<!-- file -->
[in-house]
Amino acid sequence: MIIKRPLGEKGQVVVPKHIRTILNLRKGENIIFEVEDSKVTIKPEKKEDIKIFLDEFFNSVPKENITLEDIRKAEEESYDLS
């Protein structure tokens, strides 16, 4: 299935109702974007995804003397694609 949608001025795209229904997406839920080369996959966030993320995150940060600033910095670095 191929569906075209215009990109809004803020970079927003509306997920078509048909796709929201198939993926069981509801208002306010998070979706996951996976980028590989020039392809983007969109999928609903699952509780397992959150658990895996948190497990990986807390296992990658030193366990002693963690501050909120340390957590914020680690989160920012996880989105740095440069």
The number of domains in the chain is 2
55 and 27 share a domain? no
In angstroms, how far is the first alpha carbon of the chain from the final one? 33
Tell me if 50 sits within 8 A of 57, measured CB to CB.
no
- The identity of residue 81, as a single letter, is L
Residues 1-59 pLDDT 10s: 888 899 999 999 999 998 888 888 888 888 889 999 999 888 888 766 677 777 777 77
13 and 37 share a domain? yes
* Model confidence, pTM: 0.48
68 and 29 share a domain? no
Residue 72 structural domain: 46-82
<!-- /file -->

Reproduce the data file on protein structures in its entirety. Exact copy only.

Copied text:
[in-house]
Amino acid sequence: MIIKRPLGEKGQVVVPKHIRTILNLRKGENIIFEVEDSKVTIKPEKKEDIKIFLDEFFNSVPKENITLEDIRKAEEESYDLS
């Protein structure tokens, strides 16, 4: 299935109702974007995804003397694609 949608001025795209229904997406839920080369996959966030993320995150940060600033910095670095 191929569906075209215009990109809004803020970079927003509306997920078509048909796709929201198939993926069981509801208002306010998070979706996951996976980028590989020039392809983007969109999928609903699952509780397992959150658990895996948190497990990986807390296992990658030193366990002693963690501050909120340390957590914020680690989160920012996880989105740095440069």
The number of domains in the chain is 2
55 and 27 share a domain? no
In angstroms, how far is the first alpha carbon of the chain from the final one? 33
Tell me if 50 sits within 8 A of 57, measured CB to CB.
no
- The identity of residue 81, as a single letter, is L
Residues 1-59 pLDDT 10s: 888 899 999 999 999 998 888 888 888 888 889 999 999 888 888 766 677 777 777 77
13 and 37 share a domain? yes
* Model confidence, pTM: 0.48
68 and 29 share a domain? no
Residue 72 structural domain: 46-82